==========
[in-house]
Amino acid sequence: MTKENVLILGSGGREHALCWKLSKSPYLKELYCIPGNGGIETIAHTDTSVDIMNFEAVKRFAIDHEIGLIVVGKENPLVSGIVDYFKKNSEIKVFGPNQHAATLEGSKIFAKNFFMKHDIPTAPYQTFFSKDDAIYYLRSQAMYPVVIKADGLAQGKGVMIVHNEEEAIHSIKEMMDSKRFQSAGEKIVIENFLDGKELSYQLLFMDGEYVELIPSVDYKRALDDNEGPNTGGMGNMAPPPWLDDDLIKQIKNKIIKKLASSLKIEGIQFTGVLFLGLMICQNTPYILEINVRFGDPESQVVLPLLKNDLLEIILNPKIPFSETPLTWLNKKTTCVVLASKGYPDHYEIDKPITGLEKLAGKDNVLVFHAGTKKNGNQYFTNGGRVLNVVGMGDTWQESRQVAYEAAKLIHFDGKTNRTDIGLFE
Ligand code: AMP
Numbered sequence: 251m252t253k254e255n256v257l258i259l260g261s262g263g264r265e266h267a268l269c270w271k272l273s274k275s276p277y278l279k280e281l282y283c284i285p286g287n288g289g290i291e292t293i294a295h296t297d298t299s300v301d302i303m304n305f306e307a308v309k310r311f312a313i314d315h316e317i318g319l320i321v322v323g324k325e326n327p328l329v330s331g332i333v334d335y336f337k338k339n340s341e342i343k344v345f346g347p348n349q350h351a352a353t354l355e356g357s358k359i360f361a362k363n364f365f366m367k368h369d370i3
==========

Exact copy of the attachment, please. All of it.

[in-house]
Amino acid sequence: MTKENVLILGSGGREHALCWKLSKSPYLKELYCIPGNGGIETIAHTDTSVDIMNFEAVKRFAIDHEIGLIVVGKENPLVSGIVDYFKKNSEIKVFGPNQHAATLEGSKIFAKNFFMKHDIPTAPYQTFFSKDDAIYYLRSQAMYPVVIKADGLAQGKGVMIVHNEEEAIHSIKEMMDSKRFQSAGEKIVIENFLDGKELSYQLLFMDGEYVELIPSVDYKRALDDNEGPNTGGMGNMAPPPWLDDDLIKQIKNKIIKKLASSLKIEGIQFTGVLFLGLMICQNTPYILEINVRFGDPESQVVLPLLKNDLLEIILNPKIPFSETPLTWLNKKTTCVVLASKGYPDHYEIDKPITGLEKLAGKDNVLVFHAGTKKNGNQYFTNGGRVLNVVGMGDTWQESRQVAYEAAKLIHFDGKTNRTDIGLFE
Ligand code: AMP
Numbered sequence: 251m252t253k254e255n256v257l258i259l260g261s262g263g264r265e266h267a268l269c270w271k272l273s274k275s276p277y278l279k280e281l282y283c284i285p286g287n288g289g290i291e292t293i294a295h296t297d298t299s300v301d302i303m304n305f306e307a308v309k310r311f312a313i314d315h316e317i318g319l320i321v322v323g324k325e326n327p328l329v330s331g332i333v334d335y336f337k338k339n340s341e342i343k344v345f346g347p348n349q350h351a352a353t354l355e356g357s358k359i360f361a362k363n364f365f366m367k368h369d370i3